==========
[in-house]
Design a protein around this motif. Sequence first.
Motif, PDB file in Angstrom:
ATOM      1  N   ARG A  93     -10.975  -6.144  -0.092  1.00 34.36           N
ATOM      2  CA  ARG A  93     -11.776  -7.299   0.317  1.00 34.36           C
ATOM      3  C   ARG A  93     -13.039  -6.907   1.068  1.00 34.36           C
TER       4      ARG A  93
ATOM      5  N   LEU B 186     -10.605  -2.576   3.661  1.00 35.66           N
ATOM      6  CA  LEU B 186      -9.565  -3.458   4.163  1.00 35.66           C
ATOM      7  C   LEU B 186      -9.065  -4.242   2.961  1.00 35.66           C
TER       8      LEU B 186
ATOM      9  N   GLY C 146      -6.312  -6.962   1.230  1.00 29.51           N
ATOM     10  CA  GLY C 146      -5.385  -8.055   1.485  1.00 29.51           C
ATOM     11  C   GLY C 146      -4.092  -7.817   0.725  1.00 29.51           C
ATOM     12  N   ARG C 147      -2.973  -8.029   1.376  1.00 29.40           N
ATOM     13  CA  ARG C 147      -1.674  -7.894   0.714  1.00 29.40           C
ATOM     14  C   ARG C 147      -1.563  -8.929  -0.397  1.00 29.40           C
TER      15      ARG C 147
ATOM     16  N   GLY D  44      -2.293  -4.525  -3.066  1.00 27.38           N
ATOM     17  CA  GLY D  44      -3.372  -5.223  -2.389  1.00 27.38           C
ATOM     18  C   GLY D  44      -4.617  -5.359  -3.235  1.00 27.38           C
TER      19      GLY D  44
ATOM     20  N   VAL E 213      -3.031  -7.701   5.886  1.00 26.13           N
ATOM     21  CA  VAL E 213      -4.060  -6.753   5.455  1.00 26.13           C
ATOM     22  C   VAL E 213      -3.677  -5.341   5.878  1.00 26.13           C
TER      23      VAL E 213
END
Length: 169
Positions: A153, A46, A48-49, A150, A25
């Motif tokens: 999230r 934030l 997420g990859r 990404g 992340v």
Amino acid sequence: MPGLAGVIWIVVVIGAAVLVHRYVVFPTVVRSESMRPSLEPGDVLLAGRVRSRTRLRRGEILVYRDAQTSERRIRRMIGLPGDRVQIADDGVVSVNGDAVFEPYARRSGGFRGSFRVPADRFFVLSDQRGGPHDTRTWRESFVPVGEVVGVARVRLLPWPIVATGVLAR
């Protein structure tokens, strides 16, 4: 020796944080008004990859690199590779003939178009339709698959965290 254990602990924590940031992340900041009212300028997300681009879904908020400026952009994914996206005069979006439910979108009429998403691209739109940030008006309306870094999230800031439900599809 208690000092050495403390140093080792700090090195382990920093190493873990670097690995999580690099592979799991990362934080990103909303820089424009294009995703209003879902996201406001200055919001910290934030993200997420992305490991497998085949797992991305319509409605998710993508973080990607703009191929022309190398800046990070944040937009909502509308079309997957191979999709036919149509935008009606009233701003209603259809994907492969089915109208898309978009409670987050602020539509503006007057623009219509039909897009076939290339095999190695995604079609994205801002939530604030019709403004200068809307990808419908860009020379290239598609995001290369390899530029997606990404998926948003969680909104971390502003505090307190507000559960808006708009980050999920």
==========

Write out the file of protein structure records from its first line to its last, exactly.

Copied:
[in-house]
Design a protein around this motif. Sequence first.
Motif, PDB file in Angstrom:
ATOM      1  N   ARG A  93     -10.975  -6.144  -0.092  1.00 34.36           N
ATOM      2  CA  ARG A  93     -11.776  -7.299   0.317  1.00 34.36           C
ATOM      3  C   ARG A  93     -13.039  -6.907   1.068  1.00 34.36           C
TER       4      ARG A  93
ATOM      5  N   LEU B 186     -10.605  -2.576   3.661  1.00 35.66           N
ATOM      6  CA  LEU B 186      -9.565  -3.458   4.163  1.00 35.66           C
ATOM      7  C   LEU B 186      -9.065  -4.242   2.961  1.00 35.66           C
TER       8      LEU B 186
ATOM      9  N   GLY C 146      -6.312  -6.962   1.230  1.00 29.51           N
ATOM     10  CA  GLY C 146      -5.385  -8.055   1.485  1.00 29.51           C
ATOM     11  C   GLY C 146      -4.092  -7.817   0.725  1.00 29.51           C
ATOM     12  N   ARG C 147      -2.973  -8.029   1.376  1.00 29.40           N
ATOM     13  CA  ARG C 147      -1.674  -7.894   0.714  1.00 29.40           C
ATOM     14  C   ARG C 147      -1.563  -8.929  -0.397  1.00 29.40           C
TER      15      ARG C 147
ATOM     16  N   GLY D  44      -2.293  -4.525  -3.066  1.00 27.38           N
ATOM     17  CA  GLY D  44      -3.372  -5.223  -2.389  1.00 27.38           C
ATOM     18  C   GLY D  44      -4.617  -5.359  -3.235  1.00 27.38           C
TER      19      GLY D  44
ATOM     20  N   VAL E 213      -3.031  -7.701   5.886  1.00 26.13           N
ATOM     21  CA  VAL E 213      -4.060  -6.753   5.455  1.00 26.13           C
ATOM     22  C   VAL E 213      -3.677  -5.341   5.878  1.00 26.13           C
TER      23      VAL E 213
END
Length: 169
Positions: A153, A46, A48-49, A150, A25
């Motif tokens: 999230r 934030l 997420g990859r 990404g 992340v």
Amino acid sequence: MPGLAGVIWIVVVIGAAVLVHRYVVFPTVVRSESMRPSLEPGDVLLAGRVRSRTRLRRGEILVYRDAQTSERRIRRMIGLPGDRVQIADDGVVSVNGDAVFEPYARRSGGFRGSFRVPADRFFVLSDQRGGPHDTRTWRESFVPVGEVVGVARVRLLPWPIVATGVLAR
């Protein structure tokens, strides 16, 4: 020796944080008004990859690199590779003939178009339709698959965290 254990602990924590940031992340900041009212300028997300681009879904908020400026952009994914996206005069979006439910979108009429998403691209739109940030008006309306870094999230800031439900599809 208690000092050495403390140093080792700090090195382990920093190493873990670097690995999580690099592979799991990362934080990103909303820089424009294009995703209003879902996201406001200055919001910290934030993200997420992305490991497998085949797992991305319509409605998710993508973080990607703009191929022309190398800046990070944040937009909502509308079309997957191979999709036919149509935008009606009233701003209603259809994907492969089915109208898309978009409670987050602020539509503006007057623009219509039909897009076939290339095999190695995604079609994205801002939530604030019709403004200068809307990808419908860009020379290239598609995001290369390899530029997606990404998926948003969680909104971390502003505090307190507000559960808006708009980050999920």